The project combines a range storage revenues and power sales.
The economics of solar-and-storage in the UK are being proven, according to Anesco, the developer of one such project.
Speaking at the Energy Storage Summit in London, Steve Shine, Anesco’s chairman, explained that while the company had not proven the case for subsidy-free solar, the business model for its hybrid Clay Hill project was panning out.
“Solar by itself does not pay,” he said stressing that Clay Hill was a hybrid project. “The revenue model is stacking up well and now are going to grow that and prove at a number of other sites.
“At Clay Hill we designed it to keep the capital cost as low as possible and to keep the operational cost as low as possible for the next 20 years,” he added.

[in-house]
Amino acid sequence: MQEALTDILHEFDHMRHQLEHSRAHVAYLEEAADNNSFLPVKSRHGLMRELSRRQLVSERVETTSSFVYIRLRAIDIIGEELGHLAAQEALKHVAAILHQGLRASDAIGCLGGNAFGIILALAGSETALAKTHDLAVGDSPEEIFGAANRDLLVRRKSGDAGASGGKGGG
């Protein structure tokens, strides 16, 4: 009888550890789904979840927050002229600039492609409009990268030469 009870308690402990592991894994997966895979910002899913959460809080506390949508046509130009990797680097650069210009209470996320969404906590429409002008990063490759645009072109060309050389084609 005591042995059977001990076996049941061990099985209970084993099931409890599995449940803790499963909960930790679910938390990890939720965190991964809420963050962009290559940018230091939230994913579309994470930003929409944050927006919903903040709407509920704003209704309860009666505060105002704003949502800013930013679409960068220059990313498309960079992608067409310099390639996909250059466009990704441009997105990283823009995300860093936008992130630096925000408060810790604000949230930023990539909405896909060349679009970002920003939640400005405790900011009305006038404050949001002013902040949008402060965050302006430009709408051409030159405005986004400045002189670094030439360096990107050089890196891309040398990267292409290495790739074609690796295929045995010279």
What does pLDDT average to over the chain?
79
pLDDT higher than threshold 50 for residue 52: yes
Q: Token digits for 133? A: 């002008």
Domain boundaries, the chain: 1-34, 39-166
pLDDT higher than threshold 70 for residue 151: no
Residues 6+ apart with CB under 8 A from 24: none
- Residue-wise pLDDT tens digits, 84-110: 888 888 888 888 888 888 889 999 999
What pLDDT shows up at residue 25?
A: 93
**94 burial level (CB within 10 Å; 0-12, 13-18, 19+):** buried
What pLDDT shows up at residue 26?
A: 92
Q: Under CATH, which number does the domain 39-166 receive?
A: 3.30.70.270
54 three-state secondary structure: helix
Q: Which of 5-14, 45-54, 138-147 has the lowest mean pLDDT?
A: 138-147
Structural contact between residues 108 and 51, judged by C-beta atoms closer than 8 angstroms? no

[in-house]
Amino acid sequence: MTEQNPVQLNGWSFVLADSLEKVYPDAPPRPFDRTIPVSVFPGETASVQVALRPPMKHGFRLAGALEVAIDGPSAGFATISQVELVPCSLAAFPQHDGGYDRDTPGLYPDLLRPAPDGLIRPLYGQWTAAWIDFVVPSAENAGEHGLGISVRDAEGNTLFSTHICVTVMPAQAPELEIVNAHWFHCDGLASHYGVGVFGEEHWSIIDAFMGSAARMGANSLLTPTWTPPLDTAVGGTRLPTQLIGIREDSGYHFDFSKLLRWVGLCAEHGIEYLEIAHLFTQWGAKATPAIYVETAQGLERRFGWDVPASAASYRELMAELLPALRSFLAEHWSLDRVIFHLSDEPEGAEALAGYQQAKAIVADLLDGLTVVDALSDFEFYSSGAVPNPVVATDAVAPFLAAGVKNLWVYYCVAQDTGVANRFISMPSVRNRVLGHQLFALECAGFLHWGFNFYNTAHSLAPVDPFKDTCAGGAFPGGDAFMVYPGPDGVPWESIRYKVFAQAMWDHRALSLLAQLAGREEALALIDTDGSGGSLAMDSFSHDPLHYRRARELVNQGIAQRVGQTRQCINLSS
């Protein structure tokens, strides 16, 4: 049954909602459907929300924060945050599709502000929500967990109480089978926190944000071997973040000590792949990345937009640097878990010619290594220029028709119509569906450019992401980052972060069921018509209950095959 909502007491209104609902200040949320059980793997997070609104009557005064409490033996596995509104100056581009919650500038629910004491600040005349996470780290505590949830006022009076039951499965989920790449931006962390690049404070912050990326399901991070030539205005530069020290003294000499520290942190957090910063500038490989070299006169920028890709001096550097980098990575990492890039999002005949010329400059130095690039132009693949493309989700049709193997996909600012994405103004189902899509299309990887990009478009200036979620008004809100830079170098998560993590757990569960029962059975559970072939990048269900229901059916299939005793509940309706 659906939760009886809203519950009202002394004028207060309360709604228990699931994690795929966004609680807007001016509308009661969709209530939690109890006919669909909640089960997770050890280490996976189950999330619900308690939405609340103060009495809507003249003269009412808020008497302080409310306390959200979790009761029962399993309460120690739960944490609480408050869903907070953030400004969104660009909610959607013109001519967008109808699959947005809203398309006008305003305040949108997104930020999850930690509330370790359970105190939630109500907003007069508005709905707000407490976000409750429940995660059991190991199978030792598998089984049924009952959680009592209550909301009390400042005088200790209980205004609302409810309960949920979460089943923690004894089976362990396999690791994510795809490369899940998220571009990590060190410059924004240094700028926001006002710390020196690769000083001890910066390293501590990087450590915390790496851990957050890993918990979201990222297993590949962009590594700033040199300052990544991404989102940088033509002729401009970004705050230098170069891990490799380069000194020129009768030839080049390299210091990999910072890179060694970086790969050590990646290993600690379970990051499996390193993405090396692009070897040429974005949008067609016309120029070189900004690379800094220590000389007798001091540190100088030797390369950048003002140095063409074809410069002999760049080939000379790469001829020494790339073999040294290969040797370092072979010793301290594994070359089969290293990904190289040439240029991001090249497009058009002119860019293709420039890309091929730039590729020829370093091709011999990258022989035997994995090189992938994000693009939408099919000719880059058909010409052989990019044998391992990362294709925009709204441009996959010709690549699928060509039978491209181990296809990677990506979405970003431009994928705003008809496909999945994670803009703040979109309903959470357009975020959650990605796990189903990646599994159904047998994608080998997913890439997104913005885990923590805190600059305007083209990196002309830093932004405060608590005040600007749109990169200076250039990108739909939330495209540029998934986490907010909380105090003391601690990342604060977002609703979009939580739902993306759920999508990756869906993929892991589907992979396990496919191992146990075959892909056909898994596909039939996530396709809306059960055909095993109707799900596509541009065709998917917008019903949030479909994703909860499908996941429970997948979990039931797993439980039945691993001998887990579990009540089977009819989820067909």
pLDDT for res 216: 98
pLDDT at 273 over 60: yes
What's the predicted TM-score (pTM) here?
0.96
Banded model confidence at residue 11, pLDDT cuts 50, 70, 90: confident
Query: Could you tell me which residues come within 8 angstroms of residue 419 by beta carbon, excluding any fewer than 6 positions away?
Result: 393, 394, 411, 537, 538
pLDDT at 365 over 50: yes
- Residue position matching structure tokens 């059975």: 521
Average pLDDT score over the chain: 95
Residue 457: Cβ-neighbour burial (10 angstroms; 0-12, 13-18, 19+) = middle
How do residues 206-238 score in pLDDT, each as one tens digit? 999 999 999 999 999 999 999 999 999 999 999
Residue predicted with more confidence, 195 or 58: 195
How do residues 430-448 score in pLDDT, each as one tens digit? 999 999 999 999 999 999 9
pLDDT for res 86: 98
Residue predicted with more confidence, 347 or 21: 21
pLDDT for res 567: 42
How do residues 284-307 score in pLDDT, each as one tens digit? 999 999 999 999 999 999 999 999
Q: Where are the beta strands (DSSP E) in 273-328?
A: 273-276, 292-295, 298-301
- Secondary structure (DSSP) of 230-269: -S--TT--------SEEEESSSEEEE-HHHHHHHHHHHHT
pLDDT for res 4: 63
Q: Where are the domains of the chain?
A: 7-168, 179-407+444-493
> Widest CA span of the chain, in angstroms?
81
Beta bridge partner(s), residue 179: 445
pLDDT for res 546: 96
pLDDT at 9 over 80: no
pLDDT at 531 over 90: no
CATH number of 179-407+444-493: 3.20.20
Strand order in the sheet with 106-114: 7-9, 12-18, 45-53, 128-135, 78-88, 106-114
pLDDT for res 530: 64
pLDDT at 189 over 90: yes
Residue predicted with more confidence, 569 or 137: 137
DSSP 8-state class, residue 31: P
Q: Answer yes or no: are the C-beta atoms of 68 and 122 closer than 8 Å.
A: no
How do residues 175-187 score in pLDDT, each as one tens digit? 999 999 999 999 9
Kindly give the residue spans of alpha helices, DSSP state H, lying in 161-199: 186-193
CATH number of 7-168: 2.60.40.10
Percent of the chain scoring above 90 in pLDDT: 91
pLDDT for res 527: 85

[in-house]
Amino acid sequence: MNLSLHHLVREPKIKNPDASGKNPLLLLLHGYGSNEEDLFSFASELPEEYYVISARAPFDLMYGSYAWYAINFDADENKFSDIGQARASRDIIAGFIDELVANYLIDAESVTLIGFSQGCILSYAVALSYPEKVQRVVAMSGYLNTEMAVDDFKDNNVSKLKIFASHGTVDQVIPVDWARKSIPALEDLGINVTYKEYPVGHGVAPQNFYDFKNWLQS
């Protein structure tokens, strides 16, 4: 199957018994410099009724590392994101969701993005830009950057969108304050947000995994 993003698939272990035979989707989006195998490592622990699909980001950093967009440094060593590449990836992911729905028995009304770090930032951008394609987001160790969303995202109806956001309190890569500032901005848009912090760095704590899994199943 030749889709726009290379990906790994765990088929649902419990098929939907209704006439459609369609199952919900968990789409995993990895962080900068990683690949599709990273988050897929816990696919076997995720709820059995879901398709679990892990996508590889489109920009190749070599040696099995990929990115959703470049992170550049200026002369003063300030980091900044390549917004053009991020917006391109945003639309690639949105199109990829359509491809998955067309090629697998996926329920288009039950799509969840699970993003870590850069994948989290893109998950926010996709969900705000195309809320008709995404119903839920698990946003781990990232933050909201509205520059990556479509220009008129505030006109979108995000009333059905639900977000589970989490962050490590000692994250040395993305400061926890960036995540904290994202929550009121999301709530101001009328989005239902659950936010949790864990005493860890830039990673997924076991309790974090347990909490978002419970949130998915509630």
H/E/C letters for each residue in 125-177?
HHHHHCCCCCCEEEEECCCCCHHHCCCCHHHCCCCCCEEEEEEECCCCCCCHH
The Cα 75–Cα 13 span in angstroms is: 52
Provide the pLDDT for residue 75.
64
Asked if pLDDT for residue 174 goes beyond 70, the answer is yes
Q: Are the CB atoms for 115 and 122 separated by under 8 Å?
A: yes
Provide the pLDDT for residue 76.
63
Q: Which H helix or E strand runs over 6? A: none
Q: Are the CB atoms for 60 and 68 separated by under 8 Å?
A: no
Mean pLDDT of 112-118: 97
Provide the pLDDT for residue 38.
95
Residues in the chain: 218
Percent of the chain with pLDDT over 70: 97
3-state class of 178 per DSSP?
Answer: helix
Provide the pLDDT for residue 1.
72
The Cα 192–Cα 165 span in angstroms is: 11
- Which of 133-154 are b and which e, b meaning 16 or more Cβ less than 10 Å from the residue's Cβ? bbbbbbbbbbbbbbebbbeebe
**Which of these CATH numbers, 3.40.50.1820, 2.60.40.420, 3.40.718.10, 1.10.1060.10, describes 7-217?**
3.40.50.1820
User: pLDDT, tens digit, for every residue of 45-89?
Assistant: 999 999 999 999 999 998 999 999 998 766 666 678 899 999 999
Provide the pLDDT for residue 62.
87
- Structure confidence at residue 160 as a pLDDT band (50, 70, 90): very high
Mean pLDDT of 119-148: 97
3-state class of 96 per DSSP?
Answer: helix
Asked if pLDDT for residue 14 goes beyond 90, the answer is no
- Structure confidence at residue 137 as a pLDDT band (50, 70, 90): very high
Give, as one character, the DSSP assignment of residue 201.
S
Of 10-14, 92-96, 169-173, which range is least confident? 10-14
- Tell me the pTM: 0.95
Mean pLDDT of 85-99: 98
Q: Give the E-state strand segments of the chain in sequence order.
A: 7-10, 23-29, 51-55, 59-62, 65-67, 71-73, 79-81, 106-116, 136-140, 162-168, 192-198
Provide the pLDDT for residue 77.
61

Shine also acknowledged that solar’s push to subsidy-free status had been hindered by PV module prices increasing through 2017, that was likely to change after the recent introduction of trade tariffs in the US.
Mark Henderson, CIO at GRIDSERVE, stressed that it was important to discern between new-build and retro-fitted co-location.
“On the financial side, when we talk about co-location we are talking about new builds together, not fitting storage to existing generation sites. That is fine from a technical perspective, but financially, unless you are going to get the same financier to finance the new one [it's difficult],” he said.
“Either it’s going to be on an equity-only basis or it is going to be really difficult to move forward. How do you share the grid connection for example? Who goes first? If they’re being financed all at the same time it is a lot easier,” he added.
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